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  • Writer's pictureTeam Aforeserve

Strategic Vendor Management Process – Our Experience and Insights

Before you take on a new vendor, consider the impact the relationship will have on your organization. Will the vendor be engaged in your most critical initiatives, systems, or business processes?

Think beyond scorecards and costs. Do the service and solution strategies align with your architecture and goals? Does the vendor exhibit partnership-like traits?

IT vendor management leaders can improve the way they manage these relationships by adopting a three-pronged approach focused on overall vendor analysis, vendor performance reviews, and vendor action plans for continuous improvements.

1. Data-driven Insights

Begin by building a holistic picture of the vendor and what it delivers to your organization This entails the identification, collection, aggregation, and presentation of the vendor profile, performance, and market data.

  • Create vendor profiles that provide relevant market, interaction, and performance data specific to each strategic vendor. Update monthly.

  • Build dashboards that provide near-real-time updates. They often include tactical data most relevant to understanding a strategic vendor’s performance.

  • Use quarterly scorecards to provide a regular update and objective analysis of the most relevant and strategic measures of a vendor relationship. These can include a 360-degree review, for which the vendor provides a customer assessment and recommended improvement actions.

  • Prepare vendor risk plans annually, or as required by policy or regulation. Plans should provide an overview of vendor risks and the relevant actions taken, or necessary, to reduce residual risks and respond to risk events.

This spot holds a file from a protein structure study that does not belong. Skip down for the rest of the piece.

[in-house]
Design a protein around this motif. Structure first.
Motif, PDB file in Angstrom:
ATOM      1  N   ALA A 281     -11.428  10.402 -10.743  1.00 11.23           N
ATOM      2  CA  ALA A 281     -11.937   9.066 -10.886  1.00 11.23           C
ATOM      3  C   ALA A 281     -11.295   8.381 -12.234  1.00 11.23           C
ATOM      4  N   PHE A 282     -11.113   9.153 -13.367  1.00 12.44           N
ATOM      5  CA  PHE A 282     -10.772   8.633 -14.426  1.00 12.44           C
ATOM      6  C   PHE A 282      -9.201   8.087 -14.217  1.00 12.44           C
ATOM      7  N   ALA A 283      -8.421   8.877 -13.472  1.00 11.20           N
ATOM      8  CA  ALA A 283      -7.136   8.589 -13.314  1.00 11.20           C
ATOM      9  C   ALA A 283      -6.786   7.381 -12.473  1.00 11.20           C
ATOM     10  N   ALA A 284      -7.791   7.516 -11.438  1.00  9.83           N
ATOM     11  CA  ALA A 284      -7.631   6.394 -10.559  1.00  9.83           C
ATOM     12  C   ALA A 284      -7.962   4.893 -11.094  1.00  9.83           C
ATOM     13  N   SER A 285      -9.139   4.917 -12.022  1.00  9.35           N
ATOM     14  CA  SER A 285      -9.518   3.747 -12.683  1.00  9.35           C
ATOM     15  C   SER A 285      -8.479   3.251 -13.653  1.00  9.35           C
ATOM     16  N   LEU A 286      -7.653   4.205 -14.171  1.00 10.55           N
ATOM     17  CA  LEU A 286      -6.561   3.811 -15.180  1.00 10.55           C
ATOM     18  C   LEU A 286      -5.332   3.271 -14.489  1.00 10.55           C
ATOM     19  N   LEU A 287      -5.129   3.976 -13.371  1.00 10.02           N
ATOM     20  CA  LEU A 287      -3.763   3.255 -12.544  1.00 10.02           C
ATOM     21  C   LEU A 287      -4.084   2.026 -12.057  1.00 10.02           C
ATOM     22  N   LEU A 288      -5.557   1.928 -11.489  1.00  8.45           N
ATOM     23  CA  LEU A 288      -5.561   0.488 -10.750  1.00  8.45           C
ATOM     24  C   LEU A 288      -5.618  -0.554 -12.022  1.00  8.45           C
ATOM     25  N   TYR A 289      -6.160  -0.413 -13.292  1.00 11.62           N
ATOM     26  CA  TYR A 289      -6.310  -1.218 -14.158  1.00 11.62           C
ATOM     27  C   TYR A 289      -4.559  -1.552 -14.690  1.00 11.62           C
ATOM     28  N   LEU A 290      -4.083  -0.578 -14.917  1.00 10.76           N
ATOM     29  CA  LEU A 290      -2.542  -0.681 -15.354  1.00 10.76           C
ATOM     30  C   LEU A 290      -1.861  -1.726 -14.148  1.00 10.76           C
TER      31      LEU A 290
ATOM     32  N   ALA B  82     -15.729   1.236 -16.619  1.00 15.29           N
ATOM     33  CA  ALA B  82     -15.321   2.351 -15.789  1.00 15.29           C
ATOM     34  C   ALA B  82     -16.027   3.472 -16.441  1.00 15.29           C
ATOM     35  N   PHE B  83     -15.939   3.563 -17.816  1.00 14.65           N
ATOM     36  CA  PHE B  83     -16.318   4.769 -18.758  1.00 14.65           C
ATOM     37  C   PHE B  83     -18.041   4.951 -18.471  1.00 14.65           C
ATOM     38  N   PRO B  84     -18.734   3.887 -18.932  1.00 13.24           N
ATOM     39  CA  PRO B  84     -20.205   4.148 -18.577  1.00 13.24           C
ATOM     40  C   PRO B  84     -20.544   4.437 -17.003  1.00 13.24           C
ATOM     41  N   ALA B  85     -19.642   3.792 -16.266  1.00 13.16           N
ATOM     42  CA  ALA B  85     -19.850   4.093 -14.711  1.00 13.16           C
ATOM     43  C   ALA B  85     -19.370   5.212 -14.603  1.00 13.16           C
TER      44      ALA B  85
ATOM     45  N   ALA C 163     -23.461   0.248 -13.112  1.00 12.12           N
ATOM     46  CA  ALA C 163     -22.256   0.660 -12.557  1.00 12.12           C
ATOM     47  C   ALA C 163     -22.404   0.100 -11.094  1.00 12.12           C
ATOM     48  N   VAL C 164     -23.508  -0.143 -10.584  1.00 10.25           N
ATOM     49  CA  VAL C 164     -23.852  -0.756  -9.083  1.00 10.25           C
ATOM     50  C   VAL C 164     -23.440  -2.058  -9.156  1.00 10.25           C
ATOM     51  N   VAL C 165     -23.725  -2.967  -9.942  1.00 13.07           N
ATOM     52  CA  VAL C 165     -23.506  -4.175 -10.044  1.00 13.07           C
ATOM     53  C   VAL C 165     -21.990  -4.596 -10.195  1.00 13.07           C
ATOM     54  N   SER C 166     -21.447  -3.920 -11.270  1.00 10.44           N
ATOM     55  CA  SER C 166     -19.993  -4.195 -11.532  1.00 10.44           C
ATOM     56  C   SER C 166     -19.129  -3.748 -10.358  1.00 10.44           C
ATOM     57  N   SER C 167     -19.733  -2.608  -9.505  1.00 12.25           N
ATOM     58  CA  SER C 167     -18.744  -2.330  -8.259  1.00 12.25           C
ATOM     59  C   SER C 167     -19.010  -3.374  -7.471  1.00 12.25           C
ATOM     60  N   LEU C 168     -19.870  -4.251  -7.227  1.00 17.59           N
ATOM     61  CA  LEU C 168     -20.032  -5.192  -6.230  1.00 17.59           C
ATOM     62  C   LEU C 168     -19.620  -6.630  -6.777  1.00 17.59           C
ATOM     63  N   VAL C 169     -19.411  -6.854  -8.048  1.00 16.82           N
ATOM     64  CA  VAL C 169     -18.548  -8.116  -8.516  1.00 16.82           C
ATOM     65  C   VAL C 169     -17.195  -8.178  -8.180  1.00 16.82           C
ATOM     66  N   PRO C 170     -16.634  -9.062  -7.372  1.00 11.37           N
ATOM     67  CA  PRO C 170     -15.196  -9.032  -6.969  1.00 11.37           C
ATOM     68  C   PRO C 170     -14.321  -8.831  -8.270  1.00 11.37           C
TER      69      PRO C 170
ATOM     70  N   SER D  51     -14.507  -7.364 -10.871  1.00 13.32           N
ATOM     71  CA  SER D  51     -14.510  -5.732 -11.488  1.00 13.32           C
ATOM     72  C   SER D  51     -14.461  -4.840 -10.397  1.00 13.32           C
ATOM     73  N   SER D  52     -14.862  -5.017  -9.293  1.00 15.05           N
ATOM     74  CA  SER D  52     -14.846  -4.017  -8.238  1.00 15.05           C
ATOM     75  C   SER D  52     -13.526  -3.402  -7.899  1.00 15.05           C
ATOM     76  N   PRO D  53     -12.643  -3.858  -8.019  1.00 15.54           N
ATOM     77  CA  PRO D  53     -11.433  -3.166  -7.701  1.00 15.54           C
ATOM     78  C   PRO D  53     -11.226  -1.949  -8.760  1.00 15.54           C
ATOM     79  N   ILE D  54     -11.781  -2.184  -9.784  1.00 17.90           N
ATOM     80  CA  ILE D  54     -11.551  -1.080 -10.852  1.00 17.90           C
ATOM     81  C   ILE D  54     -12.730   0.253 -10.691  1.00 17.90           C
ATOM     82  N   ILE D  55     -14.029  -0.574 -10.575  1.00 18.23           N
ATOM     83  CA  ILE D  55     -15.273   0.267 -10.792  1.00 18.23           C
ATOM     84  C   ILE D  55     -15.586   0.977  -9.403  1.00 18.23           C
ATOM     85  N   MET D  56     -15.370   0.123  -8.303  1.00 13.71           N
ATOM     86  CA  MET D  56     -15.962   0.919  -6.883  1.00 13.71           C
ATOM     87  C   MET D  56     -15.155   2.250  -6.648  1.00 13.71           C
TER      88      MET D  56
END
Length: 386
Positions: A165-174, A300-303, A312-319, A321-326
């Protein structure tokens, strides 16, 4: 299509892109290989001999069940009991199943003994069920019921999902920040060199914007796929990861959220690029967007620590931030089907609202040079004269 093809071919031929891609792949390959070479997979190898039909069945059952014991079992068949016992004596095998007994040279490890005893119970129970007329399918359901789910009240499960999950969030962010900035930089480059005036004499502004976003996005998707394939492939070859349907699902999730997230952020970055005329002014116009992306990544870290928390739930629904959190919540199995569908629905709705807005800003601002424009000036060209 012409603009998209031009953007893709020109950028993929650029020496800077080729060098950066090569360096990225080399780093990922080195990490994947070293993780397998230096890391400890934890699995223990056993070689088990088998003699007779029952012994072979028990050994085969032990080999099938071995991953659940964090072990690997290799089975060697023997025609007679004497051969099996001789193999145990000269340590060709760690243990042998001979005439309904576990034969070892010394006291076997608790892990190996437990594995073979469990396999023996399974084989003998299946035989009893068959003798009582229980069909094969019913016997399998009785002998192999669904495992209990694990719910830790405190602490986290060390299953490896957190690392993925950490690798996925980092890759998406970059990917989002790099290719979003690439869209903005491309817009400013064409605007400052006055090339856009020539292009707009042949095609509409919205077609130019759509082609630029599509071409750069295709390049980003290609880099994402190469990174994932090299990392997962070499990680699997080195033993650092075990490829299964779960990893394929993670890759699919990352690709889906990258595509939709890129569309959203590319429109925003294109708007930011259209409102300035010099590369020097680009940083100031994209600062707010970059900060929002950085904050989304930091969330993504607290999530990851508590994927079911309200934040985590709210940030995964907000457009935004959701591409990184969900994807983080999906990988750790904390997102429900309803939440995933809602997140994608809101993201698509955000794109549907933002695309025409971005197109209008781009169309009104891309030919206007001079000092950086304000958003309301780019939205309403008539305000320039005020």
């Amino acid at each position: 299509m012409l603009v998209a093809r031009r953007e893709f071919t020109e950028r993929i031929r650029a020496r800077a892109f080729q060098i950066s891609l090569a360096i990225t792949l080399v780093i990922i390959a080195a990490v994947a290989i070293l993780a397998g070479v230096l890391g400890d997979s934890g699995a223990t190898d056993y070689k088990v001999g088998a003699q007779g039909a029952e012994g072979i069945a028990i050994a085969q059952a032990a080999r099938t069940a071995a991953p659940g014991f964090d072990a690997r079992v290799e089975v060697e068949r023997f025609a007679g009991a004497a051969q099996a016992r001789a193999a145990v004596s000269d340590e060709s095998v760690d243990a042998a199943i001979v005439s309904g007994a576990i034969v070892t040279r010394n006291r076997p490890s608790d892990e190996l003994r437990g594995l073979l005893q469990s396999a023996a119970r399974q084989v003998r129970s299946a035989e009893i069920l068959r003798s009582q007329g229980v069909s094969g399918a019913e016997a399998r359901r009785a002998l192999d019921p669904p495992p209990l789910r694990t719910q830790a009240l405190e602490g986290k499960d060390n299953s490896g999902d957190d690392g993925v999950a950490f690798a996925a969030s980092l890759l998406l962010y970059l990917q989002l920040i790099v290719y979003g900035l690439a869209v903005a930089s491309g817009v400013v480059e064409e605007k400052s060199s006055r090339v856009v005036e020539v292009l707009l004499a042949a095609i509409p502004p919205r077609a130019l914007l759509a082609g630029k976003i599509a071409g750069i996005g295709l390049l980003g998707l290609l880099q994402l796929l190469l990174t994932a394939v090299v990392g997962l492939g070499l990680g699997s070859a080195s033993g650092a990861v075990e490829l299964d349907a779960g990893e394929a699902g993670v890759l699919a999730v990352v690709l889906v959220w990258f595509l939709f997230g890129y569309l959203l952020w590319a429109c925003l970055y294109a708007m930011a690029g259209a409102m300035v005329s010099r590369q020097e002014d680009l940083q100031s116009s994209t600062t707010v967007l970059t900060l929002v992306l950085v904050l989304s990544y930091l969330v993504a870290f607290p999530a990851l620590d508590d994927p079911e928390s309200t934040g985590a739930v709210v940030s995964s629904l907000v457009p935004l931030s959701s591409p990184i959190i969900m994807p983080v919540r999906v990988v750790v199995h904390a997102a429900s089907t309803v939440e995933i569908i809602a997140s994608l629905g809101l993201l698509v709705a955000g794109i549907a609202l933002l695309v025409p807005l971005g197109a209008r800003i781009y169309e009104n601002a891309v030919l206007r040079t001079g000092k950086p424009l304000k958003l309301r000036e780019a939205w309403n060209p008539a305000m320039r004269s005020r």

At this stage, it’s vital to ensure the data gathered is reliable. When you’re confident with the data and reporting mechanisms, you can analyze and look for trends that support a discussion with a vendor.

2. Reviews

The next step is to create the governance framework for how the collected data is communicated with the vendor and across the organization’s key stakeholders. Ideally, this is a schedule of review meetings that are agreed upon at the point of procurement or during the onboarding process. Typically, the schedule will contain the following reviews:

  • Monthly operational performance reviews to report on performance against SLAs and metrics. This is also a good time to review vendor solutions to any past performance issues.

  • Quarterly relationship reviews focus on evaluating the long-term strategic value of the relationship, as opposed to the tactical aspects of the monthly reviews.

  • Biannual risk reviews to update and refine business continuity and mitigation plans, and report on risks pertaining to the relationship.

  • Annual executive review to ensure alignment between the vendor and the client’s goals, as well as a time for senior executives on both sides to build trust and share ideas.

3. Action plan

Collecting sufficient information and designing processes to review it with the vendor have prepared yourself for extracting more value from the strategic relationship. But this will all be of limited value unless you can also ensure broad commitment from within your organization.

To help build buy-in from stakeholders, build standard agendas that can be used for each review type consistently across all providers. Then pilot the process with one or two strategic vendors. Use these pilots to evaluate the best timing, deliverables, and participants, which may vary between vendors and internal stakeholders.

When the process is refined, expand it across more strategic vendors. A slow expansion will demonstrate the value of the process and help you make time to communicate it to stakeholders, who should be drawn from business, IT and the vendor side.

Relationships with strategic vendors are key to business performance, but many IT vendor management leaders struggle to compel their important vendors to be proactive, collaborative, and innovative. When managed badly, large strategic vendors can become complacent, slow-moving, and difficult to change.

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